The sport of mixed martial arts is currently experiencing an incredible boom in popularity; one can even argue that it has surpassed boxing as the number one combat sport. During MMA’s brief history, a number of distinct evolutions can be noted: from the domination of Royce Gracie using Gracie jiu-jitsu, to the Olympic caliber wrestlers like Randy Couture and Mark Coleman utilizing the takedown and ground and pound, to the devastating strikers like Chuck Liddell with excellent takedown defense, and finally to the current crop of well rounded athletes trained in all aspects of mixed martial arts with the current UFC welterweight champion, Georges St. Pierre as a prime example.

Rubber Guard-a Jiu-jitsu Revolution

Frustrated with the current state of jiu-jitsu in MMA, Jean Jacque Machado blackbelt Eddie Bravo spearheaded the innovation of a no-gi style of jiu-jitsu tailored towards MMA competition. Eddie Bravo was able to put his innovations into a complete system by around 2004 with the McGraw Hill Publishing’s release of his book, Jiu-jitsu Unleashed.

The principle behind the rubber guard is a simple one. Traditional Brazilian jiu-jitsu focuses on using the gi(training uniform) as handles and points of control. However, the gi is not allowed in MMA competition thus rendering a lot of the gi techniques ineffective during a MMA fight. The rubber guard’s emphasis is on the clinch; using over hooks, under hooks, and head control while breaking down the posture of the opponent using an advanced form of the high guard.

The key to rubber guard success is clinch strength as breaking down the opponent and holding him tightly in order to eliminate space lessens the likelihood of the opponent landing powerful punches from the top. A plethora of submissions can be performed from the rubber guard position; even though a lot of the submissions are common place in traditional jiu-jitsu, performing them using the rubber guard greatly increases their success rate.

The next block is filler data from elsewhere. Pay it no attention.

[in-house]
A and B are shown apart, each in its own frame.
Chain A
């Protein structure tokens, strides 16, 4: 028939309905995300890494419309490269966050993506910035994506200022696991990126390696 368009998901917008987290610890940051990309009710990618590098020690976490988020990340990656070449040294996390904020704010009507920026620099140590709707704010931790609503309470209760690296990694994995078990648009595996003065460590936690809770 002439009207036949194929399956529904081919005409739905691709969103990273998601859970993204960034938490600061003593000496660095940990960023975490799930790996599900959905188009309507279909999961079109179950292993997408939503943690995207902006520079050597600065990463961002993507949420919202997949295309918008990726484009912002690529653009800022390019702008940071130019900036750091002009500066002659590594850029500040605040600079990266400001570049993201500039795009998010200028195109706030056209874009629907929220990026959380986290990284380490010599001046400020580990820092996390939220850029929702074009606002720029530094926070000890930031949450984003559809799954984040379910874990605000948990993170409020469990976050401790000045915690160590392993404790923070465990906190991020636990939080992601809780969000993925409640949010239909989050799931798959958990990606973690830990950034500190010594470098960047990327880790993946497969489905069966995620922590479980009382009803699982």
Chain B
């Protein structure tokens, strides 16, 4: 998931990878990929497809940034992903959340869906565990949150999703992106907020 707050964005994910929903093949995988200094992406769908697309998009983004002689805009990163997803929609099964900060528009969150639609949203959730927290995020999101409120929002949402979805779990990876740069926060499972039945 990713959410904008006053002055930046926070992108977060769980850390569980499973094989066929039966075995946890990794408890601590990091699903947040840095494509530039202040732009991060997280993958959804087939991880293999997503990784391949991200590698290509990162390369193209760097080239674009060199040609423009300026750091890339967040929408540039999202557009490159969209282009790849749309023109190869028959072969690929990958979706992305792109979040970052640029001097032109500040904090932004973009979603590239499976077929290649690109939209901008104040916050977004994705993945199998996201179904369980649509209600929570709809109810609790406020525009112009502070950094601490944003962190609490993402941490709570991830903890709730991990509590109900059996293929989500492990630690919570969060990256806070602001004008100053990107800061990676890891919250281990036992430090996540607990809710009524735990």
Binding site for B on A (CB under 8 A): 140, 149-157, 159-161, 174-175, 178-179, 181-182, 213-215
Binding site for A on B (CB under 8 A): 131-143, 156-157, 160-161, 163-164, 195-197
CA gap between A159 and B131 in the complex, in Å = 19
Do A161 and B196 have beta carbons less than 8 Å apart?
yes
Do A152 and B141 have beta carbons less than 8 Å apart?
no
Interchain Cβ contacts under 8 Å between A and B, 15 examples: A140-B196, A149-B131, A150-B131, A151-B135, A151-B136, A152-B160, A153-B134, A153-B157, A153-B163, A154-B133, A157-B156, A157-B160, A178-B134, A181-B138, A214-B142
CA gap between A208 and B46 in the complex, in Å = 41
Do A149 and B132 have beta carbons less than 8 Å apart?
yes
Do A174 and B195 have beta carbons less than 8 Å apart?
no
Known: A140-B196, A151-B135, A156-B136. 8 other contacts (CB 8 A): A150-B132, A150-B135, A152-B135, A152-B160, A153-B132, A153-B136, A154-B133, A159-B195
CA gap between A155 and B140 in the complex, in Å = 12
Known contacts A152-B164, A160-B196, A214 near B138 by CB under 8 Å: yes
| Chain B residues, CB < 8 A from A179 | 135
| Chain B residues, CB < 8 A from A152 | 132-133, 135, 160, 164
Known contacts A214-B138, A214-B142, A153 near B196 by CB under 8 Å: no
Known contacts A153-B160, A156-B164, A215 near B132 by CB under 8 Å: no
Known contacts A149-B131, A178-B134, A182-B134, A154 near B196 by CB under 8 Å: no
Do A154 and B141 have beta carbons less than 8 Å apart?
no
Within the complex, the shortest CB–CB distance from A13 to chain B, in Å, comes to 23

More and more MMA fighters have started learning the rubber guard system and a few MMA standouts can already be seen using the system on some of the world’s biggest stages.

Notable Fighters Using the Rubber Guard

Shinya Aoki -Ranked as the number one lightweight in the world according to quite a few popular MMA websites and magazines. Aoki most recently utilized the mission control and New York position from the rubber guard against world class jiu-jitsu fighter Vitor “Shaolin” Ribeiro during their bout at Dream 10 in which Aoki won via unanimous decision.

BJ Penn -The current UFC lightweight title holder. He has openly stated in interviews praising the effectiveness of the rubber guard. Penn used rubber guard in his loss against Georges St. Pierre at UFC 94.

Dustin Hazelett -Up and comer in the UFC lightweight division. Used the rubber guard against Tamdan Mcrory at UFC 91. During the fight, Hazelett used the rubber guard to transition into the omoplata position and submitted Mcrory with an inverted armbar.

Learn the Rubber Guard

The best fighters have always been the ones who continually strive to evolve and better their overall fighting ability. The rubber guard has emerged as a legitimate fighting style in MMA competition and the best way to not fall victim to somebody well versed in the system is to take an in-depth look into the rubber guard system. Even if a fighter chooses not to use the rubber guard, at least learn how to defend against it.